Sunday, October 15, 2006

The rising son in Annapurna...

There are no words to express the magnificent power that these mountain ranges have. I have made it back to the phenomenal chill lakeside city of Pokhara once again. The lakeside streets filled with people of the world maneuvering in a shanti-shanti-like manner. No worries here, just store after store selling you the latest trekking, rafting, bungy jumping, paragliding, rock climbing, boat cruising... I think you get the picture. There is a bike 'gang' here called Hearts and Tears, a Enfield motorcycle club. I have arrived back with open arms and great big smiles. There's a cast of them from all around the world. Some visiting, some living, some escaping, you name it you'll find it. Some of the older chaps hand out their road wisdoms while sipping on a beer and smoking swilly cigars while the rest of us hunch forward with big ears and eyes. The exchanges are of life experiences, some of which are absolutely dazzling and remind you to live now.

I failed to mention anything about Kathmandu. I failed because the city was the least of my favorite on this little expedition. I stayed in an area called Thamel, the expensive-rip-you-off-touristy-kinda place. I travelled with me mate Vince 'The Jeweller' and we shared a quaint little guesthouse right at Thamel Chowk (intersection) and a bird's eye view of the goings-ons. There is a great supply of eateries and dance bars. The gents and I were curious about these dance clubs, so in Pokhara we ventured in. There's a stage and mirrors and when we arrived a couple up on the stage reinacting a Bollywood video. From our limited understanding of the whole situation what one does in one of this joints is you have to order your food and dance before your meal is done. Novel concept that was right up my alley not to mention seeing three English guys try to dance. Well, I decided to try in Kathmandu. Vince and I met up with three Nepali guys, one of them lives in Tokyo and runs a Nepali restaurant. It was nice to be with some people that spoke Nepali because no one seemed to speak English there. After sitting for about five minutes something seemed very seedy about this whole scenario. There were lots of pretty young girls hopping from table to table and the dancing became less family orientated. This was a place where one goes and shops for companions. It was one of the most bizzare situations I have been in and the looks on the bar keepers faces signalled me to get out of there as soon as possible. An experience that I've never had and that I don't think I'll be jumping at in the future. The seediness of Kathmandu constantly slaps you in the face.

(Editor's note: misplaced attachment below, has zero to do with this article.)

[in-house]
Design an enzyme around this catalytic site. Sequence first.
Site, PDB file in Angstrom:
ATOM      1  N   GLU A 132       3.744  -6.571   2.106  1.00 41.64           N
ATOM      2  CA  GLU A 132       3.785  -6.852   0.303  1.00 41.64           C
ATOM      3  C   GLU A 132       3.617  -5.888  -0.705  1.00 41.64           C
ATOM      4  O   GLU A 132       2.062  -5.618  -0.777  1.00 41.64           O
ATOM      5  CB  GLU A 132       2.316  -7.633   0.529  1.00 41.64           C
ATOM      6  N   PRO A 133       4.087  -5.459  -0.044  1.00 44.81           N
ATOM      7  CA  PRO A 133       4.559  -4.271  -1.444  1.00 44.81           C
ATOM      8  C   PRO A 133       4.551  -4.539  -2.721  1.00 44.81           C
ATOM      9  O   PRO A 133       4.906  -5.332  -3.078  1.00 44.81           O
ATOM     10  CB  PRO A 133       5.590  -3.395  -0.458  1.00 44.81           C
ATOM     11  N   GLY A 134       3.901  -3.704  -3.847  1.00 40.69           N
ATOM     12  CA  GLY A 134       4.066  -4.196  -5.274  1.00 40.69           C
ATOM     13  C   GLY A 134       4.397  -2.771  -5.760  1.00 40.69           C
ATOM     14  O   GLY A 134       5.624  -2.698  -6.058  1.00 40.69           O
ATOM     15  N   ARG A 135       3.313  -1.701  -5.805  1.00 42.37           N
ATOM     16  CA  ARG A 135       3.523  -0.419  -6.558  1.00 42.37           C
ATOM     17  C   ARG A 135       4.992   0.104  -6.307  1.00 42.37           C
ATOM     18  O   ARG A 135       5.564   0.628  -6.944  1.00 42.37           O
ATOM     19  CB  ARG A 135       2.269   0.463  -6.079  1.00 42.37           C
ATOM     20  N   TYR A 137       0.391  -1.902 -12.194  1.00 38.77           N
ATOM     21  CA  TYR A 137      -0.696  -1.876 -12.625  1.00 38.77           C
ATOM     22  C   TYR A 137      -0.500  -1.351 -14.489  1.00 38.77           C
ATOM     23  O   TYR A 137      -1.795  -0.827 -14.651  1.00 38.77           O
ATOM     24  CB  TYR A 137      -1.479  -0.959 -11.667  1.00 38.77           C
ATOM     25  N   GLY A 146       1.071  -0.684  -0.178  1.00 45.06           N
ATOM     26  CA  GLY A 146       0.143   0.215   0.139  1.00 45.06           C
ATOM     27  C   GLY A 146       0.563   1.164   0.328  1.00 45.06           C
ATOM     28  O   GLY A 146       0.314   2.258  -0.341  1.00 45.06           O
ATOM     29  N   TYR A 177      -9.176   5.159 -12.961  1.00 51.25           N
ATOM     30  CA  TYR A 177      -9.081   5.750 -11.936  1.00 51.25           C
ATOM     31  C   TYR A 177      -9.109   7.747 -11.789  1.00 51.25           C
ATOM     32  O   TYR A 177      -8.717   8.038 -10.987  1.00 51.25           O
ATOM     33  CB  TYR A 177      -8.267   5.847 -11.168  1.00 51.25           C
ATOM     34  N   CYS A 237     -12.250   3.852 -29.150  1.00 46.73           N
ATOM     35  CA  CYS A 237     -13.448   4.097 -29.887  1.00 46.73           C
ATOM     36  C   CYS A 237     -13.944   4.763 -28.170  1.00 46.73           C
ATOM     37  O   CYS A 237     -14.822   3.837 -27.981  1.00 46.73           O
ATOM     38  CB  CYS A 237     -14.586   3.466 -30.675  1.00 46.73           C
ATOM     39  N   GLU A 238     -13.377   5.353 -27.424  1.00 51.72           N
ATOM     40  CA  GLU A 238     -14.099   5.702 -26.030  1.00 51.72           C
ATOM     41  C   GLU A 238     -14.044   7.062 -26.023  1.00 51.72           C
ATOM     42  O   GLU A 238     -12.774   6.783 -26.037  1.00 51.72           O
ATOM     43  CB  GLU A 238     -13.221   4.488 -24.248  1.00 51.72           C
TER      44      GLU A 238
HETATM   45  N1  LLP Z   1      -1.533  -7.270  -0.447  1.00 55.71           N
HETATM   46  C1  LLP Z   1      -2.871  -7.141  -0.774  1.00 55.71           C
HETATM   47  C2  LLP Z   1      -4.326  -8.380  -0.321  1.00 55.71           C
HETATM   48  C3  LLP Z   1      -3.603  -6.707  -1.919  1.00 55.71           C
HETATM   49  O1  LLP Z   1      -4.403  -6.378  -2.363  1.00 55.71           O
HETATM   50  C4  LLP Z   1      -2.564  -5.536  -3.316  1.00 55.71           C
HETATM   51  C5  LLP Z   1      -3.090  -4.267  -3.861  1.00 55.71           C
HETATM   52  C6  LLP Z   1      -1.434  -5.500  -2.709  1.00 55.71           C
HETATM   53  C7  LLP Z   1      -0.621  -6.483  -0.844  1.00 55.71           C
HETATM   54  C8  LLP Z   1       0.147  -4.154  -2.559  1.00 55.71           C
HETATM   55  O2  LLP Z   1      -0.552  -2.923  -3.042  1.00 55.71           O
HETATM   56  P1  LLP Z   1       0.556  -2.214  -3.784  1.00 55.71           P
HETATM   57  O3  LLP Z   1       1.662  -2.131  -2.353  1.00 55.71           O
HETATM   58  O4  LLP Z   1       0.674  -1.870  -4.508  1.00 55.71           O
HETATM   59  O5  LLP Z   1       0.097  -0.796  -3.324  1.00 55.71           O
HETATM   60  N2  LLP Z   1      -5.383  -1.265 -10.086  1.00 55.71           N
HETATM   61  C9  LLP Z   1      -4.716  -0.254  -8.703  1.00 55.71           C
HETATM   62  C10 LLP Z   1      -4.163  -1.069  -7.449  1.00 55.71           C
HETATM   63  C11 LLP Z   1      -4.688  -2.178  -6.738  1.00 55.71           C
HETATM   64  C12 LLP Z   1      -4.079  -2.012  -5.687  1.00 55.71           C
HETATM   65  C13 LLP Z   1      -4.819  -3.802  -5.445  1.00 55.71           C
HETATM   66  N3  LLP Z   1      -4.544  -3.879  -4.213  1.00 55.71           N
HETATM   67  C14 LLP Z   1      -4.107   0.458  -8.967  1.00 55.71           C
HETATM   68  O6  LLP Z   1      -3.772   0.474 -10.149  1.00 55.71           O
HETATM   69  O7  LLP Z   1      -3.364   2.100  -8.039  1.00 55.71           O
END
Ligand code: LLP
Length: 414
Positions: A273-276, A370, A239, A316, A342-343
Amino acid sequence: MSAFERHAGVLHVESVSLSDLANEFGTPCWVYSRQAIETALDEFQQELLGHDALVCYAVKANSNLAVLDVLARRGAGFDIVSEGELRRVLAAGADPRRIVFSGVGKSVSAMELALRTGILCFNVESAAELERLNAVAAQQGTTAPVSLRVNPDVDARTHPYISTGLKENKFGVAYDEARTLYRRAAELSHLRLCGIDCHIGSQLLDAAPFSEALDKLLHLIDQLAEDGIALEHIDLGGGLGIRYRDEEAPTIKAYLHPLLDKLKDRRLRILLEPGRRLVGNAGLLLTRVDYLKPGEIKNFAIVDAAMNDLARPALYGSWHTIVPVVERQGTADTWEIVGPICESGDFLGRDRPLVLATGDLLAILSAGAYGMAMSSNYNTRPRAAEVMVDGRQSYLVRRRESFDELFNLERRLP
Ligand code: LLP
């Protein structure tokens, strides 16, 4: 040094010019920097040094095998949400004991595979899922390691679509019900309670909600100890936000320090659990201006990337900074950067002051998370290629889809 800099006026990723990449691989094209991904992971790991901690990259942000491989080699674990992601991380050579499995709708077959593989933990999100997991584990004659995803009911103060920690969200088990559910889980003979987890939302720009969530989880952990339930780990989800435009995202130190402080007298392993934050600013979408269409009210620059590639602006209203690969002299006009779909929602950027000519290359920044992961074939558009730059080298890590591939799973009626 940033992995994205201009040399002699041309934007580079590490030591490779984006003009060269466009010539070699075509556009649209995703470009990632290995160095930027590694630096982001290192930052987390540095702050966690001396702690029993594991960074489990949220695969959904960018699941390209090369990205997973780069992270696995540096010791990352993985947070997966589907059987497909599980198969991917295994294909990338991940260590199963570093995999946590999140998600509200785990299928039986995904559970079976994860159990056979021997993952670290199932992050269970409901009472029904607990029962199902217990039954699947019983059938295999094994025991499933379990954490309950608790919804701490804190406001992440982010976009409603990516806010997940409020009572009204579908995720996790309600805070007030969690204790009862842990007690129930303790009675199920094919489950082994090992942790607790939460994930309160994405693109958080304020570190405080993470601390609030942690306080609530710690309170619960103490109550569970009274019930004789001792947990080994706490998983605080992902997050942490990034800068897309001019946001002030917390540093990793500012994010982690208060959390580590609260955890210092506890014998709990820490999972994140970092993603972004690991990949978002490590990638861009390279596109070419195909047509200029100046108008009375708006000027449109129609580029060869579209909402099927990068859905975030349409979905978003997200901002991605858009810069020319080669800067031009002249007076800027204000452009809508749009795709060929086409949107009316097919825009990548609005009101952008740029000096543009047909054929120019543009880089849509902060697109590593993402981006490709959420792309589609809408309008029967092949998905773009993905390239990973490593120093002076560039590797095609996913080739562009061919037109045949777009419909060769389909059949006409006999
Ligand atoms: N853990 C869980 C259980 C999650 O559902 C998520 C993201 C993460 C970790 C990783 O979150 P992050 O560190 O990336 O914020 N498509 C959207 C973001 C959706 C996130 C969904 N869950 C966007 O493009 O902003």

If anyone ever goes to Kathmandu there are a couple things I recommend: the Durbar Square, the 24-hour sandwich shop around the corner from Full Moon, the most amazing bookstore I've been to with full garden restaurant and low down chai area - Pilgrim's Bookstore (just down the street from Thamel Chowk and the sandwich joint) and the villages/towns of Nagarkot, Bhaktapur and Patan.

Kathmandu doesn't seem to sleep and neither did I. With horns blowing, people yelling, drunkards wandering the streets and the rest of the chaos... I kind of had a good time. Only because of the company I kept was it enjoyable. In India there is a concentration of travellers from a certain country that will remain nameless as opposed to Nepal where it is filled with mainly Europeans. There were some amazing sights and wish I had more time to have taken them in but alas, the saga continues.

On the bus ride back from Kathmandu I noticed a girl sitting a couple seats in front of me. The thoughts of her being Canadian, from Vancouver and that her name was Stephanie popped into my head. So at the first stop I asked, "Are you Canadian" and her response was yes. Then my second question, "Vancouver?" again a yes was the answer. Now the third, "Is your name Stephanie?". Well, two out of three isn't bad now is it?! ;) Her name turned out to be Fleury and was travelling with a young Japanese girl whom she had just met, Yuki. We arrived to Pokhara and after nourishing ourselves ventured up to Sarangkot. From Sarangkot you can view the entire Annapurna range. Our trip up was fine until the angry fat rain came tumbling down, the lightning storm while maneuvering up the stairs in the mountainside, and the fact that all the power was out and we couldn't see a guesthouse or end to the stairs in sight. We arrived soaking wet and we greeted by the sweetest little Austrian couple. We sat and enjoyed a meal together and discussed the possibilities that dawn possessed. Five o'clock the bells rang and we woke to climb more stairs to the peak. Absolutely breathtaking - we were lucky, there were no strong clouds impairing our view of the magnificent peaks. My camera was filled with at least fifty pictures of this range being lit up by the red sun on the horizon. The pictures of the area and visuals are absolutely stupend.

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